Boot Camp Law and Legal Definition

Boot camp is a corrections program for juvenile and adult offenders in the U.S. It is a camp based on shock incarceration. In a boot camp, the offender is subject to strict discipline, hardlabor, and physical exercise. It is incarceration in a military type setting, ordinarily for a period of three to six months. After completing the program successfully, the offender is placed on probation. Boot camp is sometimes referred to as shock incarceration.

In most U.S. states participation in boot camp programs is offered to young first-time offenders in place of a prison term or probation.

The following is an example of a federal regulation defining the term:

According to 28 CFR 91.2, ‘boot camp’ means a corrections program for adult or juvenile offenders of not more than six-months confinement (not including time in confinement prior to assignment to the boot camp) involving:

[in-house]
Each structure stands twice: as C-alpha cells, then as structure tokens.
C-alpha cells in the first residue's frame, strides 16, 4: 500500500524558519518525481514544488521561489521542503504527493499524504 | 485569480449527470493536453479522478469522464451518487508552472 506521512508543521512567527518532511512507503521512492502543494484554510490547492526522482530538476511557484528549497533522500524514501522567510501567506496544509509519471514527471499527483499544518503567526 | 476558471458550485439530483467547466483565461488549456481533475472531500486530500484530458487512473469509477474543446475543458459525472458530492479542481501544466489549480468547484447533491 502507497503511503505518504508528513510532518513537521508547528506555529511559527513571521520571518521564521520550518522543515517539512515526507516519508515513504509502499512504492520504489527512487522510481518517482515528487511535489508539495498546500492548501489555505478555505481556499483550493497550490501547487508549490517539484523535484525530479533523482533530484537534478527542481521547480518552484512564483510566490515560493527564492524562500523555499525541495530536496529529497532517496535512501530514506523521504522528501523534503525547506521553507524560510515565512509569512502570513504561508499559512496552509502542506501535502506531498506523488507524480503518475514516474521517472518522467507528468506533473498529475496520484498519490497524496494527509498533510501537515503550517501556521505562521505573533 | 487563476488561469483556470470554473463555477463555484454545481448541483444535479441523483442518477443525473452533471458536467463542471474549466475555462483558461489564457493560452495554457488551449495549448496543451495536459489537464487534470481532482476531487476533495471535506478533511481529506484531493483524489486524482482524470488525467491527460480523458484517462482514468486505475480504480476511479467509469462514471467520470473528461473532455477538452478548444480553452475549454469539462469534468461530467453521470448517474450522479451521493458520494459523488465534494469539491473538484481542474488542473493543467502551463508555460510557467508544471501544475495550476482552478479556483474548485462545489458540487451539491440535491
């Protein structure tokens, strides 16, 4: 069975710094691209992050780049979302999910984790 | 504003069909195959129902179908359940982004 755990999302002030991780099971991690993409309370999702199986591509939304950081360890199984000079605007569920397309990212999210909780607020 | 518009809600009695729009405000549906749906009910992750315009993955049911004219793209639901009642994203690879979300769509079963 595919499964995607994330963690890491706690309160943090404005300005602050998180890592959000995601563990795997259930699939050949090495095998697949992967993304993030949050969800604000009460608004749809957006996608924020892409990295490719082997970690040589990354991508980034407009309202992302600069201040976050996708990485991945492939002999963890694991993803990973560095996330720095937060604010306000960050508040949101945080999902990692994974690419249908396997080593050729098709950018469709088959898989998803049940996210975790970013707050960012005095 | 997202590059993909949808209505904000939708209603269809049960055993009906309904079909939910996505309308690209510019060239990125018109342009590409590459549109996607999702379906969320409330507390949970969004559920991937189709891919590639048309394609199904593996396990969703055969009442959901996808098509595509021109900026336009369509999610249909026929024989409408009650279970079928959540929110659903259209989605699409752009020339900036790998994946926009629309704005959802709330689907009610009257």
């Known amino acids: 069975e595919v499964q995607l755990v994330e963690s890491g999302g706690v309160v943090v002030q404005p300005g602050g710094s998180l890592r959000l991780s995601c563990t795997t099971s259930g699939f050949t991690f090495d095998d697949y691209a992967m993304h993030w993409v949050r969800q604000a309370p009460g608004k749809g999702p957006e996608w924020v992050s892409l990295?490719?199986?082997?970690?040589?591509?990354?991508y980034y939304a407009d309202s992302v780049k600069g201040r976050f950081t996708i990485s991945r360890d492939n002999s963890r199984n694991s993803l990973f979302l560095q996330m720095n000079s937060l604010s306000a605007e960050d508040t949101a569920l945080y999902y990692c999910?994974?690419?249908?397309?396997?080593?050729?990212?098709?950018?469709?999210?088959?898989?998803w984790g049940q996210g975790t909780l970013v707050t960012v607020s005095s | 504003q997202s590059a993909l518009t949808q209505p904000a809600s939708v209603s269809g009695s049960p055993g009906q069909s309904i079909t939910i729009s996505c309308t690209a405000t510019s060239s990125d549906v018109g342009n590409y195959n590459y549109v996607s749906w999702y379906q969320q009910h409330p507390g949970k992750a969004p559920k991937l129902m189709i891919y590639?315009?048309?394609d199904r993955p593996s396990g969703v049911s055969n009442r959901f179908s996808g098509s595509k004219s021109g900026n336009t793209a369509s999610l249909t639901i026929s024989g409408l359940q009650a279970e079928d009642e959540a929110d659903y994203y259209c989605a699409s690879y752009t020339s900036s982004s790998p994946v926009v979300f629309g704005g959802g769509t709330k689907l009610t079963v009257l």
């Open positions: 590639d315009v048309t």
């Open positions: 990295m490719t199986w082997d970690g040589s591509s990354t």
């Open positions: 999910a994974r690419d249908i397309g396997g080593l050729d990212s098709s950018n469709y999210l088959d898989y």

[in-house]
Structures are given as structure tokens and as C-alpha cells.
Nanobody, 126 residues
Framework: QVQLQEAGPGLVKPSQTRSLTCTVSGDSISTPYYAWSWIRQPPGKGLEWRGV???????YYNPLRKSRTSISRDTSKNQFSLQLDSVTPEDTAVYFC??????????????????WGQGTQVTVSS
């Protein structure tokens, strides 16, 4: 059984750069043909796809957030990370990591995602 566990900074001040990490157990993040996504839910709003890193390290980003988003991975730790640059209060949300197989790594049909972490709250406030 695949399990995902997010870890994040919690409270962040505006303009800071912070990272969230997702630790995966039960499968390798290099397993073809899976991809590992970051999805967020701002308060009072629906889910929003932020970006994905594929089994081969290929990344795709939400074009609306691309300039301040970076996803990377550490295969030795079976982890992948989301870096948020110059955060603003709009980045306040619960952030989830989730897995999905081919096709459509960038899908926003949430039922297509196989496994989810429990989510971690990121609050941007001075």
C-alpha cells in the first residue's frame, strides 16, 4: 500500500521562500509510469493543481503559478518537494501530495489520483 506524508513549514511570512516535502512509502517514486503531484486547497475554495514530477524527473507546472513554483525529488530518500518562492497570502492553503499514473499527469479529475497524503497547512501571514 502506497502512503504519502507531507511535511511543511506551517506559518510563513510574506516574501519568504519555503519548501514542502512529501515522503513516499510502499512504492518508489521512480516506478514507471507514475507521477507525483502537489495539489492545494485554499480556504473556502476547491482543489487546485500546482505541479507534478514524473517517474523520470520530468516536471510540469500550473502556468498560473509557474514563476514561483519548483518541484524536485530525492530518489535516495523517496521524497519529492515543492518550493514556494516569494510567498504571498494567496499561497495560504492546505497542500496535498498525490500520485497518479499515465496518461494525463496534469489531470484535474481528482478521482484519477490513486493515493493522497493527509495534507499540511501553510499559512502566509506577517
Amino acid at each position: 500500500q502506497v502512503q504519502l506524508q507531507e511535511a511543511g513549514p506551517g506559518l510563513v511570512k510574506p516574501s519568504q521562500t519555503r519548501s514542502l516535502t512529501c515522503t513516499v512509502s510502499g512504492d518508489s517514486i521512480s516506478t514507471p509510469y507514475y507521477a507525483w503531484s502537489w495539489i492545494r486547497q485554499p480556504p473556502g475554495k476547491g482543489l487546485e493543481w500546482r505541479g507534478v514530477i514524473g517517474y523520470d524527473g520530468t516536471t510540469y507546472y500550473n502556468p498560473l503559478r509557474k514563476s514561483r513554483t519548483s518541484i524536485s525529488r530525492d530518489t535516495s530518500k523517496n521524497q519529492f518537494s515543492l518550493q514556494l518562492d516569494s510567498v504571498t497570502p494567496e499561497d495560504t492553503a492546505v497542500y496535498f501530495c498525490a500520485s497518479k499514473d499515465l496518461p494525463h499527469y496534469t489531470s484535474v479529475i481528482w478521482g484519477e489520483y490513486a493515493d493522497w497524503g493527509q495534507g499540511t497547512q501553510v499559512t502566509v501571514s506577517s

(1) Assignment for participation in the program, in conformity with state law, by prisoners other than prisoners who have been convicted at any time for a violent felony;

(2) Adherence by inmates to a highly regimented schedule that involves strict discipline, physical training, and work;

(3) Participation by inmates in appropriate education, job training, and substance abuse counseling or treatment; and

(4) Post-incarceration aftercare services for participants that are coordinated with the program carried out during the period of imprisonment.